Thero thought a moment. “Ten days—maybe two weeks to Beggar’s Bridge, if the weather doesn’t slow you down.”

  “All right then. Tamír’s Road it is!” said Seregil. “Send word to Rhal to meet us there.”

  Thero cast a message spell and a little point of light sprang to life in front of him. “Captain Rhal, Lord Seregil sends word that’s it’s time to honor your bargain again. Please be at Ero Harbor by the first day of Klesin.” He looked up at Seregil. “Anything to add?”

  “Wait for us there and have someone we know keep watch for us at Sea Horse Tavern.”

  Thero nodded and sent the light speeding off to the east. It disappeared through the window and was gone. “That gets you to Plenimar, but how can you take Sebrahn there? You three might be able to blend in, but he won’t.”

  Seregil nodded. “I haven’t worked that out yet. Do you have any suggestions?”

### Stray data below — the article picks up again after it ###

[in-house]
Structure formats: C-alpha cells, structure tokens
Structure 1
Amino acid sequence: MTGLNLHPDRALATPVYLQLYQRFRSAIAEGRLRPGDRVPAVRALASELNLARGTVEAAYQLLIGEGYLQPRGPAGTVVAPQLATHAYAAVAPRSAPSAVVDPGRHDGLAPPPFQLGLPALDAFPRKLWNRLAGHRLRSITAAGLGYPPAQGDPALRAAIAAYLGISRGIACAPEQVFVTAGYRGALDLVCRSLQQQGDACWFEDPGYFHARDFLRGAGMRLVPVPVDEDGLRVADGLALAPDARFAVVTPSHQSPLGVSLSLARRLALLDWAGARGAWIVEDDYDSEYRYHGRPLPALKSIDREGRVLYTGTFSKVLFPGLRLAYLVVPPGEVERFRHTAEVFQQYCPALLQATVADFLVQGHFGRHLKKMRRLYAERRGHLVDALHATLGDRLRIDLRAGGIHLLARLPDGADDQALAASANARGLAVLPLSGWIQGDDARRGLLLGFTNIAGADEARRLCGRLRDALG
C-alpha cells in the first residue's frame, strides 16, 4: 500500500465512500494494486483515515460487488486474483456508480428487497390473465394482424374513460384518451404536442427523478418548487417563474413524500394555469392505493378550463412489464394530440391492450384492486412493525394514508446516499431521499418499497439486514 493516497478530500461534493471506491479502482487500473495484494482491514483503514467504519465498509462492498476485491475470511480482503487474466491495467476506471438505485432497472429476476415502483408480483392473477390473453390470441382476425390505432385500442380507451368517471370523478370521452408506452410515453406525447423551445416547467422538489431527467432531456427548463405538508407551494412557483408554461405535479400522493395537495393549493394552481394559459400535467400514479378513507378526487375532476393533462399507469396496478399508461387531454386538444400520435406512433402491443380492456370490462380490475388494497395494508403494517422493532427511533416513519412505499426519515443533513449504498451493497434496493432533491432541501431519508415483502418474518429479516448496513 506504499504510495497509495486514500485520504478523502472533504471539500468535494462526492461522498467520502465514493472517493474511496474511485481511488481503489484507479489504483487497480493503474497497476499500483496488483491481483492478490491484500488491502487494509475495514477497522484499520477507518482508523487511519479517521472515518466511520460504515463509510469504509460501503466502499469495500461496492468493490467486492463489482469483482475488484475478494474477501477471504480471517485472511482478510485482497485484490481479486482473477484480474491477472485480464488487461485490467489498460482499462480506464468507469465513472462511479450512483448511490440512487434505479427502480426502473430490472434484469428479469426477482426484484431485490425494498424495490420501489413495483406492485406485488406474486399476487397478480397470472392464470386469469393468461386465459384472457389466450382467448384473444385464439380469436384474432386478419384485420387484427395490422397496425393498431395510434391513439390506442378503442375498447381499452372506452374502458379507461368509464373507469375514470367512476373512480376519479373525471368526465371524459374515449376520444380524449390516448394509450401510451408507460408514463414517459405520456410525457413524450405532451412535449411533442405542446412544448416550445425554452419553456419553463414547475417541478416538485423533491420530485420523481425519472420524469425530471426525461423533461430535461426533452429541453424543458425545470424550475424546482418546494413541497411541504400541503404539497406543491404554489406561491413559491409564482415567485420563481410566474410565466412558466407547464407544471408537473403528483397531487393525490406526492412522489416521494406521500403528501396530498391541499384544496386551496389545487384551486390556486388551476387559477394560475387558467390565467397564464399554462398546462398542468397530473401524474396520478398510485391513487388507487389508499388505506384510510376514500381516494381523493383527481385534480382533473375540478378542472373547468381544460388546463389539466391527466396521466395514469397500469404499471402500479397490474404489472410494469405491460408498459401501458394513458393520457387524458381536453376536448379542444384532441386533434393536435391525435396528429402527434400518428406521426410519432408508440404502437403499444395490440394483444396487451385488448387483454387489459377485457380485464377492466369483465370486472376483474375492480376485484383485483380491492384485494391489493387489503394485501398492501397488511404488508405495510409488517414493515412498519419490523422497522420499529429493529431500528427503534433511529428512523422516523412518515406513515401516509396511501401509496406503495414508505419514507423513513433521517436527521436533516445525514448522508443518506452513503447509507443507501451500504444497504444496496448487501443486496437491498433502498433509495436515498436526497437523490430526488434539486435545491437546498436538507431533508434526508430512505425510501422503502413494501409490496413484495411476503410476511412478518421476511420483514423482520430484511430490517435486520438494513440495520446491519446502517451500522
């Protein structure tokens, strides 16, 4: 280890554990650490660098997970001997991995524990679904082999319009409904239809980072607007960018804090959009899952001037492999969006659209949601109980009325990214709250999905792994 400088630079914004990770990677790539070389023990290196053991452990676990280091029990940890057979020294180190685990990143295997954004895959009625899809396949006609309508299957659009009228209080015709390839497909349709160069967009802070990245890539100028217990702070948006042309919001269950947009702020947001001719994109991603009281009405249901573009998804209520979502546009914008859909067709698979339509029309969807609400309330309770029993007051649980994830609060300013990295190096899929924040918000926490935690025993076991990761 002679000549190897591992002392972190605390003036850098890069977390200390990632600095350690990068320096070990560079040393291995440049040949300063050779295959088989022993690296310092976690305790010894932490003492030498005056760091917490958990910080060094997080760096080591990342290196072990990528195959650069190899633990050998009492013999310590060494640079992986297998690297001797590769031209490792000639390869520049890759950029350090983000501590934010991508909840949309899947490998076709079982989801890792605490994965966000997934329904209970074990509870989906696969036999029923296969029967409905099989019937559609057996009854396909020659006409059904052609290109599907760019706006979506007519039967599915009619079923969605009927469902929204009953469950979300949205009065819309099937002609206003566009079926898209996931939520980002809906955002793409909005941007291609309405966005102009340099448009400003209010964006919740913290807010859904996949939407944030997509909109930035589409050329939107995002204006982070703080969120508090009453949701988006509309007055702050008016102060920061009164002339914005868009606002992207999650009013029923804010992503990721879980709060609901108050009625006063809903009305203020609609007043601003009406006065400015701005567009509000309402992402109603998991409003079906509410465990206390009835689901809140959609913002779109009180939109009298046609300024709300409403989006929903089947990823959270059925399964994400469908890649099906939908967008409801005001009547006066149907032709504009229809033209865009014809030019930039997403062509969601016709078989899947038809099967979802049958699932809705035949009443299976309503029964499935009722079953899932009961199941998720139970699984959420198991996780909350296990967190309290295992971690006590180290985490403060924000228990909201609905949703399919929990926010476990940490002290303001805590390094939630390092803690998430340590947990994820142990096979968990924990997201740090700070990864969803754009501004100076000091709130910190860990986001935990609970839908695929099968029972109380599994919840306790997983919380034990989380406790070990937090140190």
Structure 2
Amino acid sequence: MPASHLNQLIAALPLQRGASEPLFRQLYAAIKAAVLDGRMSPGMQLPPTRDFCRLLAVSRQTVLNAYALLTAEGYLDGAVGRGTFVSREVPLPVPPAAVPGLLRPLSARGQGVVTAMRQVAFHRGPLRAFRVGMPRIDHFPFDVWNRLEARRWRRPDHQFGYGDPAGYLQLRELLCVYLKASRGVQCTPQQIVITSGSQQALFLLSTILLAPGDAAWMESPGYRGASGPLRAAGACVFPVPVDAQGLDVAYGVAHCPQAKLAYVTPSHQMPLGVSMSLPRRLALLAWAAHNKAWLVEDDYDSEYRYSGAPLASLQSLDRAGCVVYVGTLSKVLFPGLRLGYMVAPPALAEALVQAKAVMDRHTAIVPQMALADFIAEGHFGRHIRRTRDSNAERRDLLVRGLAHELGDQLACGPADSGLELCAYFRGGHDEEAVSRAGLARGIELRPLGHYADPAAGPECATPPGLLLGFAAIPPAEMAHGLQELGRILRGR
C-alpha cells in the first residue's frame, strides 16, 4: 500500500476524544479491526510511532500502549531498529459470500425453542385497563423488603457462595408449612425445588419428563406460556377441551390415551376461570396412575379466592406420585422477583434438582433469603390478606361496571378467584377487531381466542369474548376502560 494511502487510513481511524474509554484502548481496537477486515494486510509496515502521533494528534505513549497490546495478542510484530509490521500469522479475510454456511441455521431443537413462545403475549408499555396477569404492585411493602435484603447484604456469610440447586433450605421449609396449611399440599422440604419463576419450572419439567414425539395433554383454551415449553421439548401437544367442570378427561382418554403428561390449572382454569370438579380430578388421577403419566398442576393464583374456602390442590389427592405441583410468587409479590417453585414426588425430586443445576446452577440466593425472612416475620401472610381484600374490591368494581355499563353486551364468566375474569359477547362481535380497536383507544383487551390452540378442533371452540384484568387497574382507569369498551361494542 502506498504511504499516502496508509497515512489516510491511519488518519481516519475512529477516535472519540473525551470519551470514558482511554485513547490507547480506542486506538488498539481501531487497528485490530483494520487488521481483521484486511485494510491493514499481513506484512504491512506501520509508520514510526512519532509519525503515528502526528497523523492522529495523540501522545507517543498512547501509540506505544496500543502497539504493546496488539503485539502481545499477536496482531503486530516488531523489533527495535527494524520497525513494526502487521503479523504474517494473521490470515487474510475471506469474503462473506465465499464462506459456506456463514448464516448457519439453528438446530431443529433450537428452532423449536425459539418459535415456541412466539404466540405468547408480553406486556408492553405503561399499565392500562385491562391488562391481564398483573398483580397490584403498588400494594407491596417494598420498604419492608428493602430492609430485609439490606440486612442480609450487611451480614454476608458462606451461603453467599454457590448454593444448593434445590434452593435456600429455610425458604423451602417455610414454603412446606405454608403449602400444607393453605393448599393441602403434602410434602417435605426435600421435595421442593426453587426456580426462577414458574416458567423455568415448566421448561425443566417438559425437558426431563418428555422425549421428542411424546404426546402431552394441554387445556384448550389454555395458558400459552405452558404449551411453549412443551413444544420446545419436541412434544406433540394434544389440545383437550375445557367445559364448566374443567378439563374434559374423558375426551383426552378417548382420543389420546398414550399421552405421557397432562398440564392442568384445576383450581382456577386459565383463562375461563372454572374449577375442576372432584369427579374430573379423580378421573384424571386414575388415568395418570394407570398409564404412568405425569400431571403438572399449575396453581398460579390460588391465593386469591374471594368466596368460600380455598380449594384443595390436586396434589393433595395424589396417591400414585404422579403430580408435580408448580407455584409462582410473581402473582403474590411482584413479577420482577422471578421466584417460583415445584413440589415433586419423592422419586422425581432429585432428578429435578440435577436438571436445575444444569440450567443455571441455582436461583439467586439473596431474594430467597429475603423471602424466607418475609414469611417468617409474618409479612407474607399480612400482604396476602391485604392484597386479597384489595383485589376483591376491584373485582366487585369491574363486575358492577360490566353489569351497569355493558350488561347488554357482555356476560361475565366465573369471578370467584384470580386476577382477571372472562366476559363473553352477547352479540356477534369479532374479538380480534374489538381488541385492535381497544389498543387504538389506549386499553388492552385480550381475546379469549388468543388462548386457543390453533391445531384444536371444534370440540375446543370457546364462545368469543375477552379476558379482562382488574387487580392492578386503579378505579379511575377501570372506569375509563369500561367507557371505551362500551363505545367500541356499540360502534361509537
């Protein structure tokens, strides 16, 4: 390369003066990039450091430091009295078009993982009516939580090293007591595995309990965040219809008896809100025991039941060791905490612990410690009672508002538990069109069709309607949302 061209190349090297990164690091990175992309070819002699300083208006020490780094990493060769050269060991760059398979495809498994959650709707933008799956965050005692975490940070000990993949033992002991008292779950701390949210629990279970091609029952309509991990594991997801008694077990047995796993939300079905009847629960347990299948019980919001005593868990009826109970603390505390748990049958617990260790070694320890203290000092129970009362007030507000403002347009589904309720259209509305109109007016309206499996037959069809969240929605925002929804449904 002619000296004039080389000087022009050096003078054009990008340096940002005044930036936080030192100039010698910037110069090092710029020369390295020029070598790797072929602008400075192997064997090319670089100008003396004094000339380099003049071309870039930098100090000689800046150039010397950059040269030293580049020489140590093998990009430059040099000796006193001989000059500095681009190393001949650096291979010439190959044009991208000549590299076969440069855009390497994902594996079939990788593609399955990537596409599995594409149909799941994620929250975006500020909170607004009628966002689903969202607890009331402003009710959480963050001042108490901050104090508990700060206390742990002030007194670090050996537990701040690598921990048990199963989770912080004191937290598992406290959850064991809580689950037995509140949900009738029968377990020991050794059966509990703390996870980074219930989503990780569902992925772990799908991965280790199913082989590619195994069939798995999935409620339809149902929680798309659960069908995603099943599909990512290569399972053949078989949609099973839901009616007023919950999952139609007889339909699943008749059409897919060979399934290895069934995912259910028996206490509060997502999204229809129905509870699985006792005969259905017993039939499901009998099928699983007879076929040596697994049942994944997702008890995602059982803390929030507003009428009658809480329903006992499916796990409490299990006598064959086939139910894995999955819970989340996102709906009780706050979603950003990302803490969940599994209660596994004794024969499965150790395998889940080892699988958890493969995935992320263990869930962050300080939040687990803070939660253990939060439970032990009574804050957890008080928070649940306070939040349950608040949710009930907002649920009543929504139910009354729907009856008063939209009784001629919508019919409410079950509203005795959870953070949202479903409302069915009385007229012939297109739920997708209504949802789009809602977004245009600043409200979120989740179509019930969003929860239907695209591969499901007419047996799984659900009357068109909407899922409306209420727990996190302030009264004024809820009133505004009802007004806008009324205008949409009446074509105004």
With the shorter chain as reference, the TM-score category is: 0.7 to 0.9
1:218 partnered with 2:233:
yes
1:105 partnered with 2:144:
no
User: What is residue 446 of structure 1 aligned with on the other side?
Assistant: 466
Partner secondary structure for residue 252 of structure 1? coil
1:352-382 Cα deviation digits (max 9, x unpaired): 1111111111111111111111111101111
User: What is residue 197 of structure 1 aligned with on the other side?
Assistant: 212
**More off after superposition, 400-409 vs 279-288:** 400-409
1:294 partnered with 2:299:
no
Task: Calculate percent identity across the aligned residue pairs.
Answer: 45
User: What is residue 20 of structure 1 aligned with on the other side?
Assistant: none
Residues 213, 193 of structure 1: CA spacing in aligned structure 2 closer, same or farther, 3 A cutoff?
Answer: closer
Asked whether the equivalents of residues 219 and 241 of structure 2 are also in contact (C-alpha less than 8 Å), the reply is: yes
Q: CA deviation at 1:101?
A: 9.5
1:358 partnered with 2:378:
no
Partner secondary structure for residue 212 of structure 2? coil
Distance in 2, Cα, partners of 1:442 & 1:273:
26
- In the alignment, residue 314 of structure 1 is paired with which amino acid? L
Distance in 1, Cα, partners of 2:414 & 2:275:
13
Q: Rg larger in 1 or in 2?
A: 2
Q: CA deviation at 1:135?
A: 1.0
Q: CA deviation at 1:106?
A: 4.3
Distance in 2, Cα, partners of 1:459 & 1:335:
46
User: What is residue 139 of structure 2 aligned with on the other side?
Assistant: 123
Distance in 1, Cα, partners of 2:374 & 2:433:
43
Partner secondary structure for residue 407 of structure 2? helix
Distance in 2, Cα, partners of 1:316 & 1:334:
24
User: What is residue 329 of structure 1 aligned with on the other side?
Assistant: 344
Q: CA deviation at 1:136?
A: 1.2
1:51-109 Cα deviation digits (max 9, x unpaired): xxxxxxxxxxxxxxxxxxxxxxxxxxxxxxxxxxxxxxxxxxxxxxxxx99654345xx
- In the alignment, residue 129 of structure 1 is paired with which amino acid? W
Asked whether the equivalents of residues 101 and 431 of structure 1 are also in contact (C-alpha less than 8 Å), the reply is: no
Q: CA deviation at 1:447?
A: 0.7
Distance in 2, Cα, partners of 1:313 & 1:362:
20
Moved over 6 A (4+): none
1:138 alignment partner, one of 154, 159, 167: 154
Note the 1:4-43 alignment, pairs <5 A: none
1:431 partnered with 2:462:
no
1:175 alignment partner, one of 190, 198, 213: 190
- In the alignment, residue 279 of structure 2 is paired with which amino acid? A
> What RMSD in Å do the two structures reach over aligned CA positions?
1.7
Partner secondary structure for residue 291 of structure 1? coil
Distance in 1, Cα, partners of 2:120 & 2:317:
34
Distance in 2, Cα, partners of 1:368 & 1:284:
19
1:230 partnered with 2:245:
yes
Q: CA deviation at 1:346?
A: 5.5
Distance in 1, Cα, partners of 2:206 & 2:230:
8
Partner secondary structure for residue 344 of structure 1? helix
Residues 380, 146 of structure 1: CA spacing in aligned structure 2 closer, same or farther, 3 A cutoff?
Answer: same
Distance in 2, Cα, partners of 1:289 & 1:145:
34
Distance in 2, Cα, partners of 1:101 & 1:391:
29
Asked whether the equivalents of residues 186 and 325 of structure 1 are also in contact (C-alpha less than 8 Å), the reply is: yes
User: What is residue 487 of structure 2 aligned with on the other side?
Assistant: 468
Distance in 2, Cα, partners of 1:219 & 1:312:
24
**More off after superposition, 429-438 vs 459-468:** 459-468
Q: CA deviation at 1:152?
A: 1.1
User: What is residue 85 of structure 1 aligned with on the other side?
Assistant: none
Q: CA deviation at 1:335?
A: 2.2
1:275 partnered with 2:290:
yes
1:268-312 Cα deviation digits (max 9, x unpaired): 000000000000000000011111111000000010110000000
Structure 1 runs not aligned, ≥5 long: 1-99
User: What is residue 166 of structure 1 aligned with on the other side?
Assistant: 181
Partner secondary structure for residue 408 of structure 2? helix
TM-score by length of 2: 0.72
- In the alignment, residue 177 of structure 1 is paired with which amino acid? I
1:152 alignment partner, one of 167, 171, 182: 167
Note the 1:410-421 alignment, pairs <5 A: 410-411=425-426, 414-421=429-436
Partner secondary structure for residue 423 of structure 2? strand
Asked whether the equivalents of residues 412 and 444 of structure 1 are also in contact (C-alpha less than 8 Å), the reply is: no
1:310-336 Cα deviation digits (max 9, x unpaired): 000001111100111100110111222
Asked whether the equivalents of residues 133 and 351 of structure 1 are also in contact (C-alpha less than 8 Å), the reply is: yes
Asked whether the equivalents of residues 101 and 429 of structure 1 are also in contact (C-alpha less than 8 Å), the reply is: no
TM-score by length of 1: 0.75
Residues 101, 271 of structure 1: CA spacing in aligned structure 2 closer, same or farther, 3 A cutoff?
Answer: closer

“Not that I can think of. And what about you, Alec?” the wizard asked, reaching out to tug the end of Alec’s braid. “This hair of yours is like a beacon.”

  “Do it.”

  “Red or brown?”

  “What? Oh—brown.”

  Seregil gave Thero a strand of his hair and Thero performed the transformation spell, leaving Alec’s the same dark brown, then did the same to Sebrahn’s and used the pouch of brown powder to restore the color of his skin. “There. It makes you both look almost full ’faie. I only hope it holds long enough this time for you to do what you need to do.”

  Alec held up his braid. “Changing the color may not be enough. I think it’s time to cut it.”

  “I’m afraid so,” Seregil said with a pained look. “I’ll ask the innkeeper for a pair of shears.”

  Thero shook his head. “I don’t know why I’m helping you. It’s pure madness.”

  “There’s no help for it. Aside from Ravensfell—where we would most assuredly be killed—where else are we going to find out how to manage Sebrahn?” asked Seregil. “I assumed you’d be the most interested in such knowledge.”

  “I assume you know where to look once you get there?”

  “Well, I know what it looks like,” Alec told him. “Yhakobin had all sorts of books lying around in a workshop.”

  Thero shook his head. “And you’re assuming that the one you want is still there, with its owner dead?”